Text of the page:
Now, if the nozzle 13 is changed for a smaller one--that is, one which has a smaller internal radius r2 --as indicated by the two-dotted lines in FIG. 3, and the electrical contact of the nozzle 13 with the base metal 35 is maintained, it is found that the anode point 38 does not transfer to the wall member 33. Instead, the arc shower 32 is contracted, as shown by the two-dotted lines in FIG. 3. However, if the electrical contact of the nozzle 13 and the base metal 35 is broken, so that they are electrically isolated from one another, a series arc is generated via the wall member 33 between the cathode 37 and the base metal 35.
In the machine shown in FIG. 2, the reason for mixing nitrogen gas into the stream of argon gas while the base metal 15 is being cut is that then the anode point 13 easily migrates through the thickness of the base metal 15 around the cavity being cut. Accordingly thick base metal may be cut readily.
Since the nozzle end 14 contacts the base metal 15 and surrounds the anode point 18, the anode point 18 cannot wander outwards on the base metal beyond the nozzle. Hence an opening of diameter d' which is almost the same as the nozzle diameter d is obtained. The cutting width is thus reduced by half, compared with that of a conventional process. In other words, the cutting efficiency increases, and therefore the temperature rise of the base metal decreases. Therefore the distortion of the base metal caused by heat when cutting also is much reduced, and consequently a thin piece of base metal may be readily cut, even though heretofore it has been difficult to cut such thin base metal by using a plasma arc.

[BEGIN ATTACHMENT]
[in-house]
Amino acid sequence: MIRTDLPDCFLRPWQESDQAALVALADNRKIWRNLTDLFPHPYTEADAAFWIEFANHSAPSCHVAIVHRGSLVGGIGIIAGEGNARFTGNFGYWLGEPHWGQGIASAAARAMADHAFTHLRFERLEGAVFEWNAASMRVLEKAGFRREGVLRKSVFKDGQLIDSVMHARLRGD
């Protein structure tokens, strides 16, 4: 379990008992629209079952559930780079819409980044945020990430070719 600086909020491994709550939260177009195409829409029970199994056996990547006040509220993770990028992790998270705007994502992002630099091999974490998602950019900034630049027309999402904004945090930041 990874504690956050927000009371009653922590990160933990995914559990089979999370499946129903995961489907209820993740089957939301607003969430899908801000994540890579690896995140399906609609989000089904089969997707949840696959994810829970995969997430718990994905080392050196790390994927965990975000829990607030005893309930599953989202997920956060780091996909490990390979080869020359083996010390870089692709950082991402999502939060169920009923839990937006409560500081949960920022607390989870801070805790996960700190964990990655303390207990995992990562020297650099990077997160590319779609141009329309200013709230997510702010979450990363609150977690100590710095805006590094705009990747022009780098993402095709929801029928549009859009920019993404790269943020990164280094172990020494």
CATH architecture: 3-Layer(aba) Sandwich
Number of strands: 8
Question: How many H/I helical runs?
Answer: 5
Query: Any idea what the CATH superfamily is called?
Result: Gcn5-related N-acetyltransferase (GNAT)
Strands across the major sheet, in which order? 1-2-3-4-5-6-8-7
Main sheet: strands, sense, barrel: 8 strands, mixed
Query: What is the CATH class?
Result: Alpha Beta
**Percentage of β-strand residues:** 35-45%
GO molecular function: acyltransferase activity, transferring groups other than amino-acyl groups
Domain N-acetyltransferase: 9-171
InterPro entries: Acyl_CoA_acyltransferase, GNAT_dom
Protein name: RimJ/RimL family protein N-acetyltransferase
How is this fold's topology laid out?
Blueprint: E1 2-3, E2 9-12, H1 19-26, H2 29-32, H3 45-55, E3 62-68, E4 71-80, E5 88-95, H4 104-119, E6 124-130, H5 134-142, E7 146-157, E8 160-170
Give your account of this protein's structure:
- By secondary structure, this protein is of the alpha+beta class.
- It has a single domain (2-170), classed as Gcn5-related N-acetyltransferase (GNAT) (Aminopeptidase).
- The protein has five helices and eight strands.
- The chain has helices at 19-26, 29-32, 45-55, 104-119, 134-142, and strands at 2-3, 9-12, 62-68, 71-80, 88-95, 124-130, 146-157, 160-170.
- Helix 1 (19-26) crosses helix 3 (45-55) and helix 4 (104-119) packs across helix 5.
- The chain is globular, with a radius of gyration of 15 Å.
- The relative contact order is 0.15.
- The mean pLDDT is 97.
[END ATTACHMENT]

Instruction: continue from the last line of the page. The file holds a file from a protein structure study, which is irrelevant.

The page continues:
In FIG. 4, there is shown a control means for the plasma-arc cutting machine of the present invention which utilizes the contact of the nozzle 13 with the base metal 15. The control means includes a relay magnet 20 which is activated by contacting the nozzle 13 with the base metal, thereby closing the contacts 21. Then the electric current is supplied from an electric source 22 to the cathode electrode 17, with the result that the arc 18 is struck, and the plasma-arc cutting machine is started.
The relay device 20 may be further adapted to actuate a control device which automatically adjusts appropriately the time for generating the arc and varies the distance between the electrode 17 and the base metal 15.